Fine, I think.  I can give up dairy and sugar.  I’ve always had a fairly healthy diet (except for those nights where nothing will satisfy except a carton of Ben & Jerry’s Half Baked FroYo).  For the most part, I’ve always eaten minimal amounts of meat and a decent portion of healthy veggies, including cabbage, brussels sprouts, beets, and lots of garlic and onions.  I should be good-to-go for this cancer-fighting diet, right?

Only once you start chemo, everything changes, and I mean everything.  Your taste buds, for one.  Suddenly all the foods I’ve liked and disliked in my lifetime are shuffled like a deck of cards, with things I would never have considered eating ending up as my cravings, and things I’ve always craved ending up as foods I couldn’t possibly consider eating now.

For example, I’ve always had a massive sweet tooth.  But at the moment, to even think about something sweet turns my stomach.  I seem to chronically have a strange taste in my mouth, sort of like the too-sweet aftertaste of a diet soda.  My boyfriend made a pumpkin pie last night; I thought I’ll try a piece; it’ll probably be fine once I start eating it.  It wasn’t.  The pie tasted like a Listerine-drenched slab of congealed bean paste.  Seriously.

Oddly enough, though, I can still enjoy fruit.  The sugar in fruit doesn’t seem to affect me the same way that the taste of processed sugar does.  So I can still eat the berries that are recommended.  And my new fruit obsession: pineapple.  I never really liked pineapple before, but now I crave that taste as well.  I read in The Cancer-Fighting Kitchen by Rebecca Katz that Australian researchers found that an enzyme in pineapple can block cancer-related proteins and prompt immune cells to attack cancer cells.  Interesting.  Does my body somehow know this, or is the new craving a coincidence?  I’ve also read that pineapple is a great cleanser of toxicity in our bodies, so maybe that’s why I suddenly crave it:  Maybe my body’s trying to hose out the chemo poisons.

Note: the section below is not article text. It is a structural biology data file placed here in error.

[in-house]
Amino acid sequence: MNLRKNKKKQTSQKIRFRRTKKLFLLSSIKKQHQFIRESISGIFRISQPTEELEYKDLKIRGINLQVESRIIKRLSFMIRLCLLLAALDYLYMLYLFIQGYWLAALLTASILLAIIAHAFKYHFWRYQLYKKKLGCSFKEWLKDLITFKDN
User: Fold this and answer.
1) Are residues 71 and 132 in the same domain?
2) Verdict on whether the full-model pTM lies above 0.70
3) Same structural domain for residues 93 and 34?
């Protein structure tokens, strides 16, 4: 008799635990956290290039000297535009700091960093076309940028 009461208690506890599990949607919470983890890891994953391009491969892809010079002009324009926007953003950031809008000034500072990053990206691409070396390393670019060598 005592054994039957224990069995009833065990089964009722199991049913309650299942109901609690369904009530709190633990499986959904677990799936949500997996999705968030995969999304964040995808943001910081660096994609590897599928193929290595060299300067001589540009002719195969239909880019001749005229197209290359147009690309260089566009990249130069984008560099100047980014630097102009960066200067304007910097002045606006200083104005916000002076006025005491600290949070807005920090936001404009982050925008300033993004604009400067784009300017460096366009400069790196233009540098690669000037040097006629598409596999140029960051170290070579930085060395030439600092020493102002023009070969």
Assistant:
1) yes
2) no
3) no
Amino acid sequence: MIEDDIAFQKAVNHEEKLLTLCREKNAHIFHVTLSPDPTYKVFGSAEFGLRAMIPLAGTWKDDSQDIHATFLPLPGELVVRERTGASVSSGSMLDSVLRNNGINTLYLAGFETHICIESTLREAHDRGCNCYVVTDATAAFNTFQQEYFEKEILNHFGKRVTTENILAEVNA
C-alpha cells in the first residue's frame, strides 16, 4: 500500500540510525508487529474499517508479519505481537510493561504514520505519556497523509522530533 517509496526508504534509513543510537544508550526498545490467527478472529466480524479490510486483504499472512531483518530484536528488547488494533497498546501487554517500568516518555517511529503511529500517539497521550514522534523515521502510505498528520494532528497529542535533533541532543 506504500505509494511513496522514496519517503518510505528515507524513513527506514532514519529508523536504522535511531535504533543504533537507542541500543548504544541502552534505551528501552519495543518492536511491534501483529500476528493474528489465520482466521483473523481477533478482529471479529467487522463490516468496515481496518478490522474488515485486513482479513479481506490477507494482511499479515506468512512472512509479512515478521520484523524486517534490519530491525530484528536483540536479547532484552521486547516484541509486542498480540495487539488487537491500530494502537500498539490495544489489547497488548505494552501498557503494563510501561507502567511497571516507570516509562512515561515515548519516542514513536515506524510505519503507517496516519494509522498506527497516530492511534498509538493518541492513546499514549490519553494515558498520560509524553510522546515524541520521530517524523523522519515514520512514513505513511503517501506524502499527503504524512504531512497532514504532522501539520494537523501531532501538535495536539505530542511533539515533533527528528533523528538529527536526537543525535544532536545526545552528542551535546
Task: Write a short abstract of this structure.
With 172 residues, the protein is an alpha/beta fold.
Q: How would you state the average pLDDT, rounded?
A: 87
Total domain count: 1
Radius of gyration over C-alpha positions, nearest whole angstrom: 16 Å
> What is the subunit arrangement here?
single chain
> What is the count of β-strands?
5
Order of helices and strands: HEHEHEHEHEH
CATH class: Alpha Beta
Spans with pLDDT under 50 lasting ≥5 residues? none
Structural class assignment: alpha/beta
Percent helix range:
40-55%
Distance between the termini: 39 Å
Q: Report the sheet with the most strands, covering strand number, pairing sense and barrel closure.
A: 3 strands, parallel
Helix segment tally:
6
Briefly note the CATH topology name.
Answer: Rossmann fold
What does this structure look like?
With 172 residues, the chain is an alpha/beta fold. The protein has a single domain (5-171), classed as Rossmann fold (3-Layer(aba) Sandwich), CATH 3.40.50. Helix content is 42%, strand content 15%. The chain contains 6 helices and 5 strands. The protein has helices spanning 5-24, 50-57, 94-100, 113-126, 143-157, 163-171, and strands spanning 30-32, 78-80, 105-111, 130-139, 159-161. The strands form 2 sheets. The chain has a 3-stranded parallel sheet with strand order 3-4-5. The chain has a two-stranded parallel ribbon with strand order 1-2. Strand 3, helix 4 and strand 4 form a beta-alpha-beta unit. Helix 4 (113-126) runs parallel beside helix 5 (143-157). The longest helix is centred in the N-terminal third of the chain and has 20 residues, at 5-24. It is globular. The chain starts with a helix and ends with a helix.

The other thing that I’m craving is meat.  I’ve never been a big meat eater, but suddenly I’m starving for barbecue, burgers, steak.  Anything red-blooded.  If a caribou (or quite possibly the neighbor’s dog) were to suddenly stroll across my back yard, I would be out there in a jiffy with a baseball bat, stalking it like a Cro-Magnon in the middle of a hard winter.  Even my bony poodle has started glancing at me nervously these past few days.

I told my oncologist of my strange meat craving and aversion to sugar.  She seemed to think it was a good thing.  Most people going through chemo crave sugar, she said.  At least if you’re craving meat, you’re getting protein.

I guess she has a good point.  I’m not sure how much protein there is in the neighbor’s bluetick coonhound, but I think I’m getting plenty of protein from the other meats I’ve been stalking.  I know I should probably try to make sure they’re more on the lean-and-healthy side, but it’s hard to mollify the beast’s appetite once it has awakened.  Maybe this is how it feels to have a tape worm.  Or an alien growing inside of you. Or just chemo-addled taste buds. Probably the latter.

Pretty woman to the rescue!

Yesterday at lunch I returned to Hair with Care to have the final (at least for now) touches put on my customized wig.  I can’t begin to say what a difference there is between the customized version and the original.  Jennifer has done such an amazing job with it!  The first time I tried the wig on, it looked like an animal of some kind was attacking my head.  But now it looks uncannily close to my real hair (which might still look like an animal attacking my head, but at least it’s an animal that I’m accustomed to).

Jennifer makes a few little trims here and there, shaping it to my face perfectly.   We discuss putting bangs in it (I cut myself bangs several months ago in a fit of boredom), but I decide to live with it for a while before going down that road.  Because face it, it’s not going to grow back; if you don’t like it after you cut it, you’re stuck with it.  Besides, it’s cute just the way it is, and Jennifer has even trained the hair to sit off of my face the way I like it.

She shows me how to care for it, how to spritz it with water at night, and place it on a foam mannequin head with t-pins to hold it and shape it the way I want it.   She shows me how to put the headband on which helps hold the wig in place.  How to put the wig on, and center the ear tabs just over each ear to ensure that it’s sitting correctly on my head.  How to brush it and tease the little “baby hairs” at the forehead.